Allergic Dating

The advice is often “be yourself” when going on a first date, but when it comes to the foods you order being yourself isn’t always the easiest option. How do you appear attractive, open-minded and easy going if your opening line begins “The thing is, I can’t eat…and would you also mind not eating…?”

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One piece of research even suggests that doing so could be detrimental to our fragile romantic ambitions. The survey, LoveBites, looks at the perceptions of 4000 singles; it found that 30% of respondents would never date a vegetarian, 66% viewed picky eaters as a major turn off and 32% would be less than impressed if their date had no appreciation of food. It seems food has a strong significance in the world of dating

For food-allergic singles, of course “fussy eating” isn’t a choice. According to eHarmony garlic bread, beans and spaghetti are apparently some of the smelliest, worst and most embarrassing foods you could order. But what do you do if your menu limitations are more serious than risking a spinach leaf between the teeth? Certain foods for some people can be more than just awkward, they can be life threatening.

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There are a number of allergy sites giving action plans for these first time dates. Some suggest avoiding the problem by going to a museum or cinema and staying away from food altogether. But others emphasise how important it is to make your date aware of your food allergies. However, the thought of discussing the use of an

EpiPen or antihistamines in detail can be tiresome or too much too soon. And asking your date not to eat certain foods or waiting 4-5 hours after they’ve eaten it takes the spontaneity out of that eagerly awaited kiss.

I have my own host of food triggers to stay away from and one of the worst reactions happened on a first date. We were at a bar drinking wine, my face felt warm after the first sip and pretty worryingly hot after the second drink. When I went to the bathroom, I glanced at my face, now a deep reddish-purple with a defined strip of white positioned perfectly down the middle. It’s as if the red sea had parted on my face. Apparently my date had noticed but felt that if he said something it would embarrass me. But with a heads up from him I might of avoided the tightening throat and shortness of breath I was now experiencing.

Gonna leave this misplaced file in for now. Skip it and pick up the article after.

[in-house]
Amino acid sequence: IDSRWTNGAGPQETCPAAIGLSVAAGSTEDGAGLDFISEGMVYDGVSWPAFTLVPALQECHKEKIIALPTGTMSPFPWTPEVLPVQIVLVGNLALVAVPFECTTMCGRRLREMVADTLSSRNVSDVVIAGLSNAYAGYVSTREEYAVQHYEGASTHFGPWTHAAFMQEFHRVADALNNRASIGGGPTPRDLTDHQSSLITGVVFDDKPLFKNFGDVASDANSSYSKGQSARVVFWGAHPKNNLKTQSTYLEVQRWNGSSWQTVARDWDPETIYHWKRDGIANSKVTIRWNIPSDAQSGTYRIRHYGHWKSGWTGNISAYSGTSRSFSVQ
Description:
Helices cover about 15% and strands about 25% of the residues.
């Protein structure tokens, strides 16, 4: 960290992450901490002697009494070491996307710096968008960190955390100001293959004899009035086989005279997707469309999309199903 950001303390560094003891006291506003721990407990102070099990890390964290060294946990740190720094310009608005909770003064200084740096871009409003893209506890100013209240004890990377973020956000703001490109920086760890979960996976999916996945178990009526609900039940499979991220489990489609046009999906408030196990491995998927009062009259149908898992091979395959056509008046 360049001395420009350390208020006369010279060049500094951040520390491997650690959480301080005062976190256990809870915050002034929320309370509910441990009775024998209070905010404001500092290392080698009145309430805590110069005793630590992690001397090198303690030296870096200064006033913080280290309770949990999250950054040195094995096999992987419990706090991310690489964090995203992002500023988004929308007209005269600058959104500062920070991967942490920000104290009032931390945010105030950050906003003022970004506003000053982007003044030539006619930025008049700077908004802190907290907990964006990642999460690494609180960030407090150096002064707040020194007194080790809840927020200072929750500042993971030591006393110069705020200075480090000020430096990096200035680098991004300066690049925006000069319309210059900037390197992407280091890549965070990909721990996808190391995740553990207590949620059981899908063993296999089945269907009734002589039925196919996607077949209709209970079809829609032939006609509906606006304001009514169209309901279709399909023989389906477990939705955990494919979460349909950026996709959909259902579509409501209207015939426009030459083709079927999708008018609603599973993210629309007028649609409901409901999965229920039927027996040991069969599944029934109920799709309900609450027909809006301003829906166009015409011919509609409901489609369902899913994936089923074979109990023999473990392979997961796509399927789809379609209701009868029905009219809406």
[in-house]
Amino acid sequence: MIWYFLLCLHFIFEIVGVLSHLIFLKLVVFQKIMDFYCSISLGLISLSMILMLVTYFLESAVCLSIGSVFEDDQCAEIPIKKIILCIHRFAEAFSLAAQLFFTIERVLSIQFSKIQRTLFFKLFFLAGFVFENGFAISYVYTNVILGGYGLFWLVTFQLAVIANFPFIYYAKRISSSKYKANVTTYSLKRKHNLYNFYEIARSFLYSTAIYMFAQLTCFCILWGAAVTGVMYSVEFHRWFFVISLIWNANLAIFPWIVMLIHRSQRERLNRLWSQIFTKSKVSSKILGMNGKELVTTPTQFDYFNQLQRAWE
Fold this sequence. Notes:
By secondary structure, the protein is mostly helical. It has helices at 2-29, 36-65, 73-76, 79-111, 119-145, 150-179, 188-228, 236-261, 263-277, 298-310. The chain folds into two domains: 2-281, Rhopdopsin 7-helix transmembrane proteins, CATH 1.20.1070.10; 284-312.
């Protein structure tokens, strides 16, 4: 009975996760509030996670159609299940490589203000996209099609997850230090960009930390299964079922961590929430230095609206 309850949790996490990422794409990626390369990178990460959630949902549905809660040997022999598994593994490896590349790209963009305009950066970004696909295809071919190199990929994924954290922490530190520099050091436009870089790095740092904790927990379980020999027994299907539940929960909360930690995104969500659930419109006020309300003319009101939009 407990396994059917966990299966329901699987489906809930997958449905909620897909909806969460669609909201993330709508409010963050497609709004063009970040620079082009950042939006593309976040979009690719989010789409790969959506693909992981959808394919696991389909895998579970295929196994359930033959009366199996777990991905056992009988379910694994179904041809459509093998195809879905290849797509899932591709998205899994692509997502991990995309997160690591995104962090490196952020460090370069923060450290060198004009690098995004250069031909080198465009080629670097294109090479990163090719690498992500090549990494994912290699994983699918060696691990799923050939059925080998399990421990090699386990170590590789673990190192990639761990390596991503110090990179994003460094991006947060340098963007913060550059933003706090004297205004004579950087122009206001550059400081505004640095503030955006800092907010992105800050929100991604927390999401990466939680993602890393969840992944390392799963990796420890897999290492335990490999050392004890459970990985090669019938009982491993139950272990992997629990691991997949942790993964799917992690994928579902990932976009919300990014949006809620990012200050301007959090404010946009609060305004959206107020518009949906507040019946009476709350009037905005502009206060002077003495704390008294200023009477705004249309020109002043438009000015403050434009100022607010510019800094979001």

Symptoms he did nothing but goggle at whilst making it quite clear he wasn’t going to be leaving with me.

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If things develop, sooner or later your date is bound to see you having an allergic reaction. How they deal with it says a lot about the relationship’s future. Do they stay calm or panic? Do they help with medication or taking you to hospital? Are they freaked out? Finding people who are like-minded, or share the same allergy, is naturally easier than trying to date someone who lacks understanding or interest. To that end, the market for diet-specific dating is on the rise.

There’s Glutenfreesingles.com, “a dating, networking, and informative website where you never have to feel alone, awkward, or a burden because you are gluten-free.” Diabetics can try Diabeticdate.com, and there’s SinglesWithFoodAllergies.com, for the food allergic with more than just one allergen, with its lighthearted slogan: “Celiac & sexy? Dairy-free & dynamic?”. All these sites give hope to those who might have given up hope, or just found dating a pain.

The world of dating is changing in so many ways – not least in giving people a platform to talk comfortably about their food specificities. If the food we eat helps determine the people we meet, websites like these can only help the process.

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